Dava Sobel's The Glass Universe will be available from Viking in December 2016
With her bestsellers Longitude and Galileo's Daughter, Dava Sobel introduced readers to her rare gift for weaving complex scientific concepts into a compelling narrative. Now Sobel brings her full talents to bear on what is perhaps her most ambitious topic to date-the planets of our solar system. Sobel explores the origins and oddities of the planets through the lens of popular culture, from astrology, mythology, and science fiction to art, music, poetry, biography, and history. Written in her characteristically graceful prose, The Planets is a stunningly original celebration of our solar system and offers a distinctive view of our place in the universe.
* A New York Times extended bestseller
* A Featured Alternate of the Book-of-the-Month Club, History Book Club, Scientific American Book Club, and Natural Science Book Club
* Includes 11 full-color illustrations by artist Lynette R. Cook
"[The Planets] lets us fall in love with the heavens all over again."
-The New York Times Book Review
"Playful . . . lyrical . . . a guided tour so imaginative that we forget we're being educated as we're being entertained."
" [Sobel] has outdone her extraordinary talent for keeping readers enthralled. . . . Longitude and Galileo's Daughter were exciting enough, but The Planets has a charm of its own . . . . A splendid and enticing book."
-San Francisco Chronicle
"A sublime journey. [Sobel's] writing . . . is as bright as the sun and its thinking as star-studded as the cosmos."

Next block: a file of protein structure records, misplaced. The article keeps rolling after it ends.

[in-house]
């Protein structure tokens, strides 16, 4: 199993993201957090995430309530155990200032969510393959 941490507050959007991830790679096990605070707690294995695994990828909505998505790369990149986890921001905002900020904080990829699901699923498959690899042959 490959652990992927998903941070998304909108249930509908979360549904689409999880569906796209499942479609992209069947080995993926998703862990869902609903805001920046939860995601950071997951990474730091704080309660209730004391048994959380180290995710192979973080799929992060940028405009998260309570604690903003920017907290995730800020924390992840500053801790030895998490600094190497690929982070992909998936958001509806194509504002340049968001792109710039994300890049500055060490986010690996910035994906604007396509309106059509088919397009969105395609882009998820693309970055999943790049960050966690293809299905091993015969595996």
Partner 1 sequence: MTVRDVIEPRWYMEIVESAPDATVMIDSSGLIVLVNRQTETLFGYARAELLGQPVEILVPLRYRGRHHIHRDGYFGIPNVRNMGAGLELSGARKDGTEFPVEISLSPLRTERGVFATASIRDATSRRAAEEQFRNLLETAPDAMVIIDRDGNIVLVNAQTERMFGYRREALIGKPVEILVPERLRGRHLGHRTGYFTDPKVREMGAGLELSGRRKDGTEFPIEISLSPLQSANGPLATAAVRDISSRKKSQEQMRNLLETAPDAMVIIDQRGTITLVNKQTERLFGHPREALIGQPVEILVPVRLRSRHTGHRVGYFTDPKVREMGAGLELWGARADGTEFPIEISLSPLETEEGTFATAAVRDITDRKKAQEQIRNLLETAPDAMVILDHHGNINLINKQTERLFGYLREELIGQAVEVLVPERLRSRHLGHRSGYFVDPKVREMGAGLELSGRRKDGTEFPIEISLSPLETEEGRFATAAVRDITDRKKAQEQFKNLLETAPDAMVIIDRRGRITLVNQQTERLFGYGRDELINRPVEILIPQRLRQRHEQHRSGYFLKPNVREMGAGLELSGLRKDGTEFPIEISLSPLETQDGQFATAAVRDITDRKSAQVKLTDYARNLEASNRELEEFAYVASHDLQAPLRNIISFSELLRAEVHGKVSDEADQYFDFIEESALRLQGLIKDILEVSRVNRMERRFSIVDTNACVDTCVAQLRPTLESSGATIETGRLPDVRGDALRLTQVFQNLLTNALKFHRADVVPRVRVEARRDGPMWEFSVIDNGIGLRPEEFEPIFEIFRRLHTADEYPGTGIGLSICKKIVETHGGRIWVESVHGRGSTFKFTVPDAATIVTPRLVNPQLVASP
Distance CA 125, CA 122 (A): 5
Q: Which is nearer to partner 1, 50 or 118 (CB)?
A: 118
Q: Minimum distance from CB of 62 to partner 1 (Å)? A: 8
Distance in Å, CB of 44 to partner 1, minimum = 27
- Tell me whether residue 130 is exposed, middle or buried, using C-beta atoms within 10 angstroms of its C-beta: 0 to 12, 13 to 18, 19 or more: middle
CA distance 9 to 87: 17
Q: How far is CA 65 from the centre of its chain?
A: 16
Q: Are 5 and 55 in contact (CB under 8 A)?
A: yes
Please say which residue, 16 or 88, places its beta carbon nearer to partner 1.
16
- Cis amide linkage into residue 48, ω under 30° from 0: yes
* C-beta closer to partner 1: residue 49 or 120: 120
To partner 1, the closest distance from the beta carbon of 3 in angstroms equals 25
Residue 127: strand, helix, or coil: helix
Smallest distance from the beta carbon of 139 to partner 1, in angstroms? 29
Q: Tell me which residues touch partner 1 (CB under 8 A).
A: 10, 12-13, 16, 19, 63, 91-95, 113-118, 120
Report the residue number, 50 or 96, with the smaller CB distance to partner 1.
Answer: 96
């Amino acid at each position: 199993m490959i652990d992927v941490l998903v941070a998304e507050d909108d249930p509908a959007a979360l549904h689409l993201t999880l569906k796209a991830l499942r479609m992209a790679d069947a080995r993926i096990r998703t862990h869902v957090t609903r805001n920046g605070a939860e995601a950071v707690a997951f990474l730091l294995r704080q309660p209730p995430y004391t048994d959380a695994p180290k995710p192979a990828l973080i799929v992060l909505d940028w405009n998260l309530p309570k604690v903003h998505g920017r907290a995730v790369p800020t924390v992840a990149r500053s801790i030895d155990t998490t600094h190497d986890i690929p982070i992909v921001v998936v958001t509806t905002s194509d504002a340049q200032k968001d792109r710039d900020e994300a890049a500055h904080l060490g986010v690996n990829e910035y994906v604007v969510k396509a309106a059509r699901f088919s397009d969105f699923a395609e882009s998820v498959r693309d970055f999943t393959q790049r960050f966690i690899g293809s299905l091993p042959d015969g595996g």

-The Atlanta Journal-Constitution
"An incantatory serenade to the Solar System. Grade A-"
"Like Sobel's [Longitude and Galileo's Daughter] . . . [The Planets] combines masterful storytelling with clear, engaging explanations of the essential scientific facts."
Sobel's purpose in this lovely and personal volume is to show us the planets as she sees them. Writing in quite a different mode than in her best-selling Longitude and Galileo's Daughter, Sobel offers intimate essays inspired by the planets in our solar system, which she describes as "an assortment of magic beans or precious gems in a little private cabinet of wonder portable, evocative, and swirled in beauty." She frames each essay in a different light, using a particular planet as a stepping stone toward a discussion of larger issues. Her "Jupiter" essay becomes a meditation on astrology, while her essay on the Sun, which relates the actual birth of the universe seemingly ex nihilo, evokes the Genesis account of creation in both its themes and the cadence of its language. Put simply, Sobel's conceits work (even, remarkably, the essay on Mars written from the perspective of a Martian rock) because each beautifully frames its planet. An essay that begins with the story of Sobel's grandmother coming to the United States as an immigrant, for example, sets up the author's musings on the odd nature of Pluto as somewhere in between "planet" and "other." This resonant and eclectic collection informative, entertaining and poetic is a joy to read.